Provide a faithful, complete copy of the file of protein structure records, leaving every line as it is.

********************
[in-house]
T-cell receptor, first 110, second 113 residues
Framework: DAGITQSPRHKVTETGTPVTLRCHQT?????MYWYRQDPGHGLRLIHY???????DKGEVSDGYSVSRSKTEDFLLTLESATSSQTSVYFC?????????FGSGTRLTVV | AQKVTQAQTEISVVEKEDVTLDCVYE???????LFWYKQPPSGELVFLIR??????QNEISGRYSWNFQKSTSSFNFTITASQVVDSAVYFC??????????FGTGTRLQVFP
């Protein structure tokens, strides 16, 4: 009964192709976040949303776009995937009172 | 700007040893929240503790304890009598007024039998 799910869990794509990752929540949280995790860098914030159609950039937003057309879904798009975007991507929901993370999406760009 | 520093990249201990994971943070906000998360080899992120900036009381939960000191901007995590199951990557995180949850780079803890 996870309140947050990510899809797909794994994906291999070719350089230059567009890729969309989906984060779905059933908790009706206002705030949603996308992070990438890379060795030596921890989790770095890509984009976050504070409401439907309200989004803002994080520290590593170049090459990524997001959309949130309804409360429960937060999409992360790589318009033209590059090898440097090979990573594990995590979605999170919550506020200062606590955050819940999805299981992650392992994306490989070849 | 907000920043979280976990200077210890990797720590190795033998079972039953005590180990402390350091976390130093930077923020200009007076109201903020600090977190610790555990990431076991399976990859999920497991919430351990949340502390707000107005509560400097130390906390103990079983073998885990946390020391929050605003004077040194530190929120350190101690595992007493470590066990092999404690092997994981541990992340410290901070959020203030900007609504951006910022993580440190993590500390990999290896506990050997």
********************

[in-house]
T-cell receptor, first 110, second 113 residues
Framework: DAGITQSPRHKVTETGTPVTLRCHQT?????MYWYRQDPGHGLRLIHY???????DKGEVSDGYSVSRSKTEDFLLTLESATSSQTSVYFC?????????FGSGTRLTVV | AQKVTQAQTEISVVEKEDVTLDCVYE???????LFWYKQPPSGELVFLIR??????QNEISGRYSWNFQKSTSSFNFTITASQVVDSAVYFC??????????FGTGTRLQVFP
């Protein structure tokens, strides 16, 4: 009964192709976040949303776009995937009172 | 700007040893929240503790304890009598007024039998 799910869990794509990752929540949280995790860098914030159609950039937003057309879904798009975007991507929901993370999406760009 | 520093990249201990994971943070906000998360080899992120900036009381939960000191901007995590199951990557995180949850780079803890 996870309140947050990510899809797909794994994906291999070719350089230059567009890729969309989906984060779905059933908790009706206002705030949603996308992070990438890379060795030596921890989790770095890509984009976050504070409401439907309200989004803002994080520290590593170049090459990524997001959309949130309804409360429960937060999409992360790589318009033209590059090898440097090979990573594990995590979605999170919550506020200062606590955050819940999805299981992650392992994306490989070849 | 907000920043979280976990200077210890990797720590190795033998079972039953005590180990402390350091976390130093930077923020200009007076109201903020600090977190610790555990990431076991399976990859999920497991919430351990949340502390707000107005509560400097130390906390103990079983073998885990946390020391929050605003004077040194530190929120350190101690595992007493470590066990092999404690092997994981541990992340410290901070959020203030900007609504951006910022993580440190993590500390990999290896506990050997």